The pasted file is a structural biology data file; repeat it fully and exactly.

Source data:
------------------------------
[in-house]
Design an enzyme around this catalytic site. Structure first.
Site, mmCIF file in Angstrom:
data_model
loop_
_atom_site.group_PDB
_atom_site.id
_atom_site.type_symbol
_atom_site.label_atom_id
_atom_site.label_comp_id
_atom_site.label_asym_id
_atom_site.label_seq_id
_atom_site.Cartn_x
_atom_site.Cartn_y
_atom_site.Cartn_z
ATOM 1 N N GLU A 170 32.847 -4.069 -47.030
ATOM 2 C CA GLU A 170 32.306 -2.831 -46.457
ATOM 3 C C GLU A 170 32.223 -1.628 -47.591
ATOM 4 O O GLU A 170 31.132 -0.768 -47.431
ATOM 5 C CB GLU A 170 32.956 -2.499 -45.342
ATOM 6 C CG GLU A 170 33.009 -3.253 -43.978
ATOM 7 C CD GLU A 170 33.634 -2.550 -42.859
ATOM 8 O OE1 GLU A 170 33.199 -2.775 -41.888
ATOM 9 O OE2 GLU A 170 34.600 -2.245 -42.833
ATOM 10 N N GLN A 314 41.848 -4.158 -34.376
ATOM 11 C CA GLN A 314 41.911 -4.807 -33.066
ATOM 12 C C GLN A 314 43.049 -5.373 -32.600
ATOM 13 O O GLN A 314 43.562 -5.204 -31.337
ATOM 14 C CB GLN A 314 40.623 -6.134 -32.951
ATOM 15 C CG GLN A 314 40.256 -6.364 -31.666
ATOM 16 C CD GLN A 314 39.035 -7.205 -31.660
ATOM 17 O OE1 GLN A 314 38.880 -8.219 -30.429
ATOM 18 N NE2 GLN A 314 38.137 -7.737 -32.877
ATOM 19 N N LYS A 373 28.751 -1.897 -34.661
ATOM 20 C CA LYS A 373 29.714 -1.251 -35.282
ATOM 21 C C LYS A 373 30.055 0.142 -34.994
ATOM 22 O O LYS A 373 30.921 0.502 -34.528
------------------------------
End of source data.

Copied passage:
[in-house]
Design an enzyme around this catalytic site. Structure first.
Site, mmCIF file in Angstrom:
data_model
loop_
_atom_site.group_PDB
_atom_site.id
_atom_site.type_symbol
_atom_site.label_atom_id
_atom_site.label_comp_id
_atom_site.label_asym_id
_atom_site.label_seq_id
_atom_site.Cartn_x
_atom_site.Cartn_y
_atom_site.Cartn_z
ATOM 1 N N GLU A 170 32.847 -4.069 -47.030
ATOM 2 C CA GLU A 170 32.306 -2.831 -46.457
ATOM 3 C C GLU A 170 32.223 -1.628 -47.591
ATOM 4 O O GLU A 170 31.132 -0.768 -47.431
ATOM 5 C CB GLU A 170 32.956 -2.499 -45.342
ATOM 6 C CG GLU A 170 33.009 -3.253 -43.978
ATOM 7 C CD GLU A 170 33.634 -2.550 -42.859
ATOM 8 O OE1 GLU A 170 33.199 -2.775 -41.888
ATOM 9 O OE2 GLU A 170 34.600 -2.245 -42.833
ATOM 10 N N GLN A 314 41.848 -4.158 -34.376
ATOM 11 C CA GLN A 314 41.911 -4.807 -33.066
ATOM 12 C C GLN A 314 43.049 -5.373 -32.600
ATOM 13 O O GLN A 314 43.562 -5.204 -31.337
ATOM 14 C CB GLN A 314 40.623 -6.134 -32.951
ATOM 15 C CG GLN A 314 40.256 -6.364 -31.666
ATOM 16 C CD GLN A 314 39.035 -7.205 -31.660
ATOM 17 O OE1 GLN A 314 38.880 -8.219 -30.429
ATOM 18 N NE2 GLN A 314 38.137 -7.737 -32.877
ATOM 19 N N LYS A 373 28.751 -1.897 -34.661
ATOM 20 C CA LYS A 373 29.714 -1.251 -35.282
ATOM 21 C C LYS A 373 30.055 0.142 -34.994
ATOM 22 O O LYS A 373 30.921 0.502 -34.528